When you get enough of something, it is often hard to restrain yourself. It continues to frustrate me when people jump on the media bashing band wagon. I cannot decide if some people really are easily influenced or they choose to be ignorant of the facts.

For four years, people in this country were told multiple times a day that the media were “an enemy of the state”, and everything they reported was “fake news.”

Unfortunately, it created a faction of society that would only believe his words over those who would question his version of the facts and had the courage to speak out.

Only now are some who were victims of his unquestionable loyalty requirement regretting their choice.

Each day journalists across the globe put themselves in all kinds of situations. They do this as a means of providing valuable information to the public.

It is the media’s job to ask questions of our politicians, even if they are uncomfortable ones. They do this because you, the public, have a right to know what the people whom you elected and represent you are up to.

Being a member of the media is not an easy job. It is sort of like parenting, meaning it is often a thankless job.

But is a necessary one.

Journalists and photographers often put themselves in harm’s way, so you get the facts instead of some “official statement” that was created by those who want to limit what you know.

Last year, during the racial injustice protests, reporters and photographers who were sent to present the coverage were treated with disrespect. They were shot with rubber pellets and pepper sprayed even though they were clearly wearing press credentials.

These are the kind of conditions we have witnessed in third world countries for years.

Blaming the media has become a national pastime.

Statements about the media being biased, unreliable or dishonest are an everyday occurrence now. It is almost as if they believe if they keep repeating it, it will become the truth.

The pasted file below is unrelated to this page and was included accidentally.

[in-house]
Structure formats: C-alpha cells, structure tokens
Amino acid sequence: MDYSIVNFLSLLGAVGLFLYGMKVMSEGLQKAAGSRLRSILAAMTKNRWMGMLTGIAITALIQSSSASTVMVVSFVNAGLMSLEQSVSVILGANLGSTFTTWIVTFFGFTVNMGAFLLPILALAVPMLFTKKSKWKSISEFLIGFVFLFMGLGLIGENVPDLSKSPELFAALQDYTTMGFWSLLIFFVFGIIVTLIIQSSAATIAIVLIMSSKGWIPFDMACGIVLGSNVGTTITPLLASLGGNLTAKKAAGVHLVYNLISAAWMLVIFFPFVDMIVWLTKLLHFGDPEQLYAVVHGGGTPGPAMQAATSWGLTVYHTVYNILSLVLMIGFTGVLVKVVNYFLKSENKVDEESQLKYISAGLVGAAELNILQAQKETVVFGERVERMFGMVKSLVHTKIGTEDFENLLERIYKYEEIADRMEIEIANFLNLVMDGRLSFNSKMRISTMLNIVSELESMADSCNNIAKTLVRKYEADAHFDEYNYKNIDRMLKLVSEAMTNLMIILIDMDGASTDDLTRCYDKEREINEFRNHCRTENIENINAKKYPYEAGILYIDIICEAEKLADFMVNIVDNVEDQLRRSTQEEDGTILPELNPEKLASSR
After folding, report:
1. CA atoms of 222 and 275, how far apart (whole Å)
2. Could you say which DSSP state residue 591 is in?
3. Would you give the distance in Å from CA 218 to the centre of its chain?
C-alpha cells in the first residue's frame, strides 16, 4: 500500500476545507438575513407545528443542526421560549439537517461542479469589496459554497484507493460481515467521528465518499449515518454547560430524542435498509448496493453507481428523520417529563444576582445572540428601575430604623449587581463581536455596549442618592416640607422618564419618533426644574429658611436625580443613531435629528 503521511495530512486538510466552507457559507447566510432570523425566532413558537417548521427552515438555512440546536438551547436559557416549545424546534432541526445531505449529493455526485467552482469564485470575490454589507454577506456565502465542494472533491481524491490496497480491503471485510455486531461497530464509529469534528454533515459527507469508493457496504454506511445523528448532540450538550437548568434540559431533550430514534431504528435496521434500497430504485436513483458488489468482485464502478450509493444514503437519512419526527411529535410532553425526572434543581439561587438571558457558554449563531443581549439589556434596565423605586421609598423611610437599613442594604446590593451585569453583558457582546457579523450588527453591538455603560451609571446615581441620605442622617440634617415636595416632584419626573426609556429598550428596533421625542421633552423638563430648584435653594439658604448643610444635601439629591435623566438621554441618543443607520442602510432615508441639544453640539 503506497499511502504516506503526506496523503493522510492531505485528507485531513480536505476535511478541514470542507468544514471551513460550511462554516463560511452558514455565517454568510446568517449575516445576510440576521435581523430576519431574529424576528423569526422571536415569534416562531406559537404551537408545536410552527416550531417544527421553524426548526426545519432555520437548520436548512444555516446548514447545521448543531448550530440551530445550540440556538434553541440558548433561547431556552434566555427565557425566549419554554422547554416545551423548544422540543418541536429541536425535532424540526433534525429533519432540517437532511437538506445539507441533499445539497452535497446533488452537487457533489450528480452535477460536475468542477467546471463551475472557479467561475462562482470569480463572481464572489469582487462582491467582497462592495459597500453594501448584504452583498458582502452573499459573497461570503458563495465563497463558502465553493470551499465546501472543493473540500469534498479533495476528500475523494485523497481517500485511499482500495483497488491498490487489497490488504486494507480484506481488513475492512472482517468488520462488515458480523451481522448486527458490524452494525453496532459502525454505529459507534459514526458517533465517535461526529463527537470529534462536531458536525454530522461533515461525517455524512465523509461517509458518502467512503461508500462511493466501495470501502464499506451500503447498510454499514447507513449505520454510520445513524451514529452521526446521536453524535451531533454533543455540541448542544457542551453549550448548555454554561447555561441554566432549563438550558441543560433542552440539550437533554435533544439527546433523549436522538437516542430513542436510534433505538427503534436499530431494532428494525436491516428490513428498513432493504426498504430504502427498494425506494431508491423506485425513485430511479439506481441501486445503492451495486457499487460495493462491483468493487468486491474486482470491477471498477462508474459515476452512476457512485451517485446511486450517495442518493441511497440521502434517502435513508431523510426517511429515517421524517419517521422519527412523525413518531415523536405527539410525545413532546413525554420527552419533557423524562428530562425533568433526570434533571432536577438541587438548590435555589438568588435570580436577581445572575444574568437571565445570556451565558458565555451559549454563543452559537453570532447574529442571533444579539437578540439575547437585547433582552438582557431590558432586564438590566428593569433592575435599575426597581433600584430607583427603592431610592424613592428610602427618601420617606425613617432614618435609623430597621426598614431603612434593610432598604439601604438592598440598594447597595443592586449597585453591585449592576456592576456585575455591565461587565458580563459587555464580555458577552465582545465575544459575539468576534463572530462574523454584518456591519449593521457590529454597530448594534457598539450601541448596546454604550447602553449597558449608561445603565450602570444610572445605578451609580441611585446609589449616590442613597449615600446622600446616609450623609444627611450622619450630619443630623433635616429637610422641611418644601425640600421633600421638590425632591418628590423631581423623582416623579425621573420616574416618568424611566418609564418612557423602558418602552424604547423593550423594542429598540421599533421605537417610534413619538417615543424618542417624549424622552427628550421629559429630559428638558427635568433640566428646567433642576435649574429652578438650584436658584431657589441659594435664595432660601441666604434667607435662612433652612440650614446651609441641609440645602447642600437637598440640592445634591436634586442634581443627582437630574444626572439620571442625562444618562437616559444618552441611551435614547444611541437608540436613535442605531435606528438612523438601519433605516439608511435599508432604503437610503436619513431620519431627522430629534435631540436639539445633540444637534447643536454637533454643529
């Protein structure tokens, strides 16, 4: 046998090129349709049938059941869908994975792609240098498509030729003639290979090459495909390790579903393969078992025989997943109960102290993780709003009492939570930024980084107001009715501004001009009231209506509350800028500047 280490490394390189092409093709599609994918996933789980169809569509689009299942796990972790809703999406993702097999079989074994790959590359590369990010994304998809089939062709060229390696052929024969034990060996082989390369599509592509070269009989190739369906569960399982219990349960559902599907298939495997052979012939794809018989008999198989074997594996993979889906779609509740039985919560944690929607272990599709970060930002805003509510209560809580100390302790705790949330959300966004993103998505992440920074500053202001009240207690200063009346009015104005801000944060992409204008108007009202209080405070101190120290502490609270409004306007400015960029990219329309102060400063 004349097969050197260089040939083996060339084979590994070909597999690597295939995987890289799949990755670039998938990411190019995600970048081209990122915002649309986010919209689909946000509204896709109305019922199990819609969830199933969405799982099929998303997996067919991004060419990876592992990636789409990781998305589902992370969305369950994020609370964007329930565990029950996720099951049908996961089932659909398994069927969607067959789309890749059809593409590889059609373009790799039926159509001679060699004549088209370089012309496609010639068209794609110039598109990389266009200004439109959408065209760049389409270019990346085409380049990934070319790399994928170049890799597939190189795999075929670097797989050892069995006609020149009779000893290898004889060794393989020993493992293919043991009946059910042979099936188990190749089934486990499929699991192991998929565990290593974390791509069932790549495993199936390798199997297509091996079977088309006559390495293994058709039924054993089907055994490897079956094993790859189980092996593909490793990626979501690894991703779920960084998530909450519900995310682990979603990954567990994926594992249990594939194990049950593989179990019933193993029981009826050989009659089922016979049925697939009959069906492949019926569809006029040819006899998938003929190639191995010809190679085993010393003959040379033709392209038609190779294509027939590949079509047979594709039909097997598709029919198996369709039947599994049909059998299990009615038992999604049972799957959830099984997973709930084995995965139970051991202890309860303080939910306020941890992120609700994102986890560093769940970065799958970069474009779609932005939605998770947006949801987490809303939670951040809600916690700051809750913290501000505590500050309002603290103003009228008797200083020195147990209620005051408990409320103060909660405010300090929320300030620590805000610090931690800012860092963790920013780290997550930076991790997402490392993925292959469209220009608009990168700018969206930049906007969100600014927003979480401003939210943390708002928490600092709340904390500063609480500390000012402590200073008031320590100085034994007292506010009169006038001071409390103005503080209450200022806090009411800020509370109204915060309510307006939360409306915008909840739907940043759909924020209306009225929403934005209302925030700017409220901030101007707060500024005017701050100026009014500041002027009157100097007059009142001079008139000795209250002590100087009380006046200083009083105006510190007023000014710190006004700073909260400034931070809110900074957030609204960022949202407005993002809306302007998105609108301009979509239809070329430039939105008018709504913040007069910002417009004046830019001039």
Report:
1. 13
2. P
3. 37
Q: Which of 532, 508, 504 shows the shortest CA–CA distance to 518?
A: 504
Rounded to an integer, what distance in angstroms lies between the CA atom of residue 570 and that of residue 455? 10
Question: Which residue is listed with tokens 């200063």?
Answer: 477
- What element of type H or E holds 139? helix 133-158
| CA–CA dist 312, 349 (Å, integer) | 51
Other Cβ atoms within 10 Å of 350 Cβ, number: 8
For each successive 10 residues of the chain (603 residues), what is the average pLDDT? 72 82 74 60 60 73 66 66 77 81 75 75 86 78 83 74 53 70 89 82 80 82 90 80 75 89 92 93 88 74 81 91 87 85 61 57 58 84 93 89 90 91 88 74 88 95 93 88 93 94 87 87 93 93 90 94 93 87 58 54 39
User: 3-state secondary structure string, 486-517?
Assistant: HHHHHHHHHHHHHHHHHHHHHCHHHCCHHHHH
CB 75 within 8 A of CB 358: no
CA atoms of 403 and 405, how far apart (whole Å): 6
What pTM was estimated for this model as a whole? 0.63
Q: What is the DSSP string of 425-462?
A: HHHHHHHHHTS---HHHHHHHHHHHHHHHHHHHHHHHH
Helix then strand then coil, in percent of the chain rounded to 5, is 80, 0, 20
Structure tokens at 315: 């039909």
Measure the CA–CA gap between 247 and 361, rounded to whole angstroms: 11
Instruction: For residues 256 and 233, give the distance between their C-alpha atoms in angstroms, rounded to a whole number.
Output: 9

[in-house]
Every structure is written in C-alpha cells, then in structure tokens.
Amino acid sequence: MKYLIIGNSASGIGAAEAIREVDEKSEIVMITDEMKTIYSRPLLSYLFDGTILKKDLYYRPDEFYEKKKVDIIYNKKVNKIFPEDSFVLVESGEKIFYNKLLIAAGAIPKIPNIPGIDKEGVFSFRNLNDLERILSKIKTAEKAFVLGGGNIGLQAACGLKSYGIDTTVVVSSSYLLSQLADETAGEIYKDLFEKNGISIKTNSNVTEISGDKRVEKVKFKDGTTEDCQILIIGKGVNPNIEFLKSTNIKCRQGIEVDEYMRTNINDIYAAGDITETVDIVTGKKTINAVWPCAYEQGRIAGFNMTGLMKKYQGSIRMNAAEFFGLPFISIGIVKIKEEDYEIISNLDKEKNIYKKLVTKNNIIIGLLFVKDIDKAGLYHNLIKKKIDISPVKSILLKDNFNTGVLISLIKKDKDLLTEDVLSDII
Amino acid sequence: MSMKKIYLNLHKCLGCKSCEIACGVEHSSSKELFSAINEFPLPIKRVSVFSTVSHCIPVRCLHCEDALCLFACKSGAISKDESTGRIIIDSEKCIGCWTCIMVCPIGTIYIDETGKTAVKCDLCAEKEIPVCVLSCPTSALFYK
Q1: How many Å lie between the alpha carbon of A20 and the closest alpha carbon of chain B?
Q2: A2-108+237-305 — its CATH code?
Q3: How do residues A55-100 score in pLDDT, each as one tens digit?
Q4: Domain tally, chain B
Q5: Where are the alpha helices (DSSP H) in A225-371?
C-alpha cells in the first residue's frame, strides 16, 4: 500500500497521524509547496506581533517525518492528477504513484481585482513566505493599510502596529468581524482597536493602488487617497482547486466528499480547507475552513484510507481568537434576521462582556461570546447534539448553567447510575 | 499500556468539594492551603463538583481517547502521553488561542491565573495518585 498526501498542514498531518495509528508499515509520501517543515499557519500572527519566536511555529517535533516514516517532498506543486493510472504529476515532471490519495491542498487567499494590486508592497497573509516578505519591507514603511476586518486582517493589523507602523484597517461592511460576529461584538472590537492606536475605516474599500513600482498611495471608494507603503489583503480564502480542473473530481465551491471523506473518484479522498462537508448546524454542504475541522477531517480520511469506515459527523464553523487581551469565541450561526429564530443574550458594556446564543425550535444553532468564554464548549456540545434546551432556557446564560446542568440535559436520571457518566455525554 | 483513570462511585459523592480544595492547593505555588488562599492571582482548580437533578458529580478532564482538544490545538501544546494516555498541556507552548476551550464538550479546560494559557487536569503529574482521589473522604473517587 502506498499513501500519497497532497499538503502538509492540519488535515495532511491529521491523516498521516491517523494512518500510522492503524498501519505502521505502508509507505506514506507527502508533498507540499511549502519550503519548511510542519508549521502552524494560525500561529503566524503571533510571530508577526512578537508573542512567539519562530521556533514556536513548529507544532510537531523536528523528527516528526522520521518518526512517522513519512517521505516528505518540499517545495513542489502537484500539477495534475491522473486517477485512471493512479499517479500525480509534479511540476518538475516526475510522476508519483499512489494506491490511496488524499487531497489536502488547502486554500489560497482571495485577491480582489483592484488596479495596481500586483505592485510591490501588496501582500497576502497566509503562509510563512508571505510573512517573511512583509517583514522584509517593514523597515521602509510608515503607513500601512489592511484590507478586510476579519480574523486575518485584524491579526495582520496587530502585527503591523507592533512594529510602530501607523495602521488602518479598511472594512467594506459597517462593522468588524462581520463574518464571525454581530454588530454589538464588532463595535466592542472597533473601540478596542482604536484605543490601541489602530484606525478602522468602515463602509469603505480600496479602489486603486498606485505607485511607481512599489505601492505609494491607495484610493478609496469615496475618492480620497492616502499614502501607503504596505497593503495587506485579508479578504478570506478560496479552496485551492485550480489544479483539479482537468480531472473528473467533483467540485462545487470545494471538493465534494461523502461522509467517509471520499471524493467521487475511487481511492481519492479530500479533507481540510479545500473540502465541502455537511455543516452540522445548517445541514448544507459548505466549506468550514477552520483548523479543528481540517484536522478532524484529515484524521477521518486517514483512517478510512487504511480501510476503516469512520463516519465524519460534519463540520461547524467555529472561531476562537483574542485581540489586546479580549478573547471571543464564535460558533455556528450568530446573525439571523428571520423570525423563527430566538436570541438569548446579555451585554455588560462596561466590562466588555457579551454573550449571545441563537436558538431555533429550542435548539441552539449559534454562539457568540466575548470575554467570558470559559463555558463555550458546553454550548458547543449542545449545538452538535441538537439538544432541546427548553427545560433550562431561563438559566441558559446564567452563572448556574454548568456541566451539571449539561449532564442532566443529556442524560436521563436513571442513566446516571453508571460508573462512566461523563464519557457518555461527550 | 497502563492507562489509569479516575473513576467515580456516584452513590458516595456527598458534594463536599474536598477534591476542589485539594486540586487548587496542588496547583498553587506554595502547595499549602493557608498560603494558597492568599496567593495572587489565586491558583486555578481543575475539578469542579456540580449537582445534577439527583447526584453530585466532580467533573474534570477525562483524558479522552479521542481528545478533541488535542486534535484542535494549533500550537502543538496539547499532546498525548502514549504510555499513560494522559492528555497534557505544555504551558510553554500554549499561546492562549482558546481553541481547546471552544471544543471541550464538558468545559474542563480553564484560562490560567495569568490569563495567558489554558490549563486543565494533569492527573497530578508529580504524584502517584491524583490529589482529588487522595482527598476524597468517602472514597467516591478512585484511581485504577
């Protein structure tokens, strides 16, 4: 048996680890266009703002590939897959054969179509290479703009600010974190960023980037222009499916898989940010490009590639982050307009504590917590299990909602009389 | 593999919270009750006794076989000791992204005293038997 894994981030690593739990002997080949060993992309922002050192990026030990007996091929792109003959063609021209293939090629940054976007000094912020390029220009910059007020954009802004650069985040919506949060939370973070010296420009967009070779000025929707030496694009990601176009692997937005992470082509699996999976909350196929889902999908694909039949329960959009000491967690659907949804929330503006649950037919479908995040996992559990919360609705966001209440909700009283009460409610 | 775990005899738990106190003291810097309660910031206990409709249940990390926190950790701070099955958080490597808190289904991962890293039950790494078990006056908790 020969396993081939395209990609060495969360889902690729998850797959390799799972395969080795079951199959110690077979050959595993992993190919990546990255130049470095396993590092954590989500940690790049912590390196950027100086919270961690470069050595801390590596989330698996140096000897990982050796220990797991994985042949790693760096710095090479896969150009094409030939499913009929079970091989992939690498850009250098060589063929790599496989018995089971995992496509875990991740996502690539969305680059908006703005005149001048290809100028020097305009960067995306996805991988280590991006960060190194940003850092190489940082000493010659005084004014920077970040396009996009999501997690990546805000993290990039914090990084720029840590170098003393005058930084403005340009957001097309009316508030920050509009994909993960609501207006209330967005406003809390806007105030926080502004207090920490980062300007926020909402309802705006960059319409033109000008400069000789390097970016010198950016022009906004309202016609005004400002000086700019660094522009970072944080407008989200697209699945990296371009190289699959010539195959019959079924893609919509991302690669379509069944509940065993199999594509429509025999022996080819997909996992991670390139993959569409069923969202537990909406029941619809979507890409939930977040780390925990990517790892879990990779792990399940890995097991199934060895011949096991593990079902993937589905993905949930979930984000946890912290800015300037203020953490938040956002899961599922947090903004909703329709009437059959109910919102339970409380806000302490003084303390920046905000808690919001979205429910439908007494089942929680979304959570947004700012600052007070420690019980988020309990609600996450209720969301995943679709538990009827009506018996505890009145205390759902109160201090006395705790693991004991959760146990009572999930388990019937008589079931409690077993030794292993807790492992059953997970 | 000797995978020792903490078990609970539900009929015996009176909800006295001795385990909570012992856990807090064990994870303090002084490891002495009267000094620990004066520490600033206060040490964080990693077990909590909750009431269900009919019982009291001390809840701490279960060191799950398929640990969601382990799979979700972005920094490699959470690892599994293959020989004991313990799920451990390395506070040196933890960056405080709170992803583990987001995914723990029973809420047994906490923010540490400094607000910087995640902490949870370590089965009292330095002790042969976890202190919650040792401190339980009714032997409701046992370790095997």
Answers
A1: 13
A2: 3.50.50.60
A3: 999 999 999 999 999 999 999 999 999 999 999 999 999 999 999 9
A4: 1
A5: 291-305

Media folks should be considered First Amendment responders.

And yet they have been blamed for such things as dividing our country, failed political policies and even exaggerating the pandemic numbers.

New York Gov. Andrew Cuomo is facing scrutiny regarding his handling of information related to COVID-19 deaths among nursing home residents in his state.

One of Cuomo’s top aides reportedly admitted he underreported the deaths. Cuomo had reportedly initiated a policy in March that directed nursing homes in the state to accept patients who had or were suspected of having the virus.

There are claims that his policy led to the deaths of numerous elderly patients.

Instead of accepting responsibility for a bad decision or even apologizing, Cuomo immediately blamed the media for “unwarranted political attacks” on him.

The truth is the media did their job by reporting on the details that were of interest to thousands of families. None of their reporting has yet proven to be inaccurate, but they are somehow to blame.

Last week, the chameleon senator from Texas, Senator Ted Cruz took a little trip to sunny Cancun, Mexico. Now while this terribly busy man might need a break from his ‘suck up to Donald Trump’ time while continuing with his “stop the steal” duties, it might not have been the best time to vacation.

A winter weather disaster was happening in Texas. It was the kind of storm that left millions without power or water. As his constituents back in Texas were suffering from the lack of heat or drinking water, Cruz was sunning himself at a luxurious resort.

After a photograph of him lounging by the pool went viral, things heated up for him in frigid Texas. Cruz jumped on the next plane and made his way home.

Even though he reluctantly admitted his timing was “obviously a mistake”, it was still the media who was at fault. Cruz claimed the “media is going crazy and there is a lot of venom and vitriol” out there.

Just a word of advice. If you do not want to get caught with your pants down in a snowstorm, then keep them on. Do your job and respect the people who elected you.

There is a funny thing about the truth. It always makes it way to the top.

Most people can differentiate when reading something that is clearly intended to influence you and the simple facts as they relate to certain incidents.  If not, it is important you learn the difference because it could result in being beneficial to you as a reader.

Regardless of the criticisms, media who report on the events of the day, continue to prove they are a key element in our fundamental right to know.

Anita McGill is a former publisher of The Sentinel. She can be reached by email at anitamcgill99@gmail.com.

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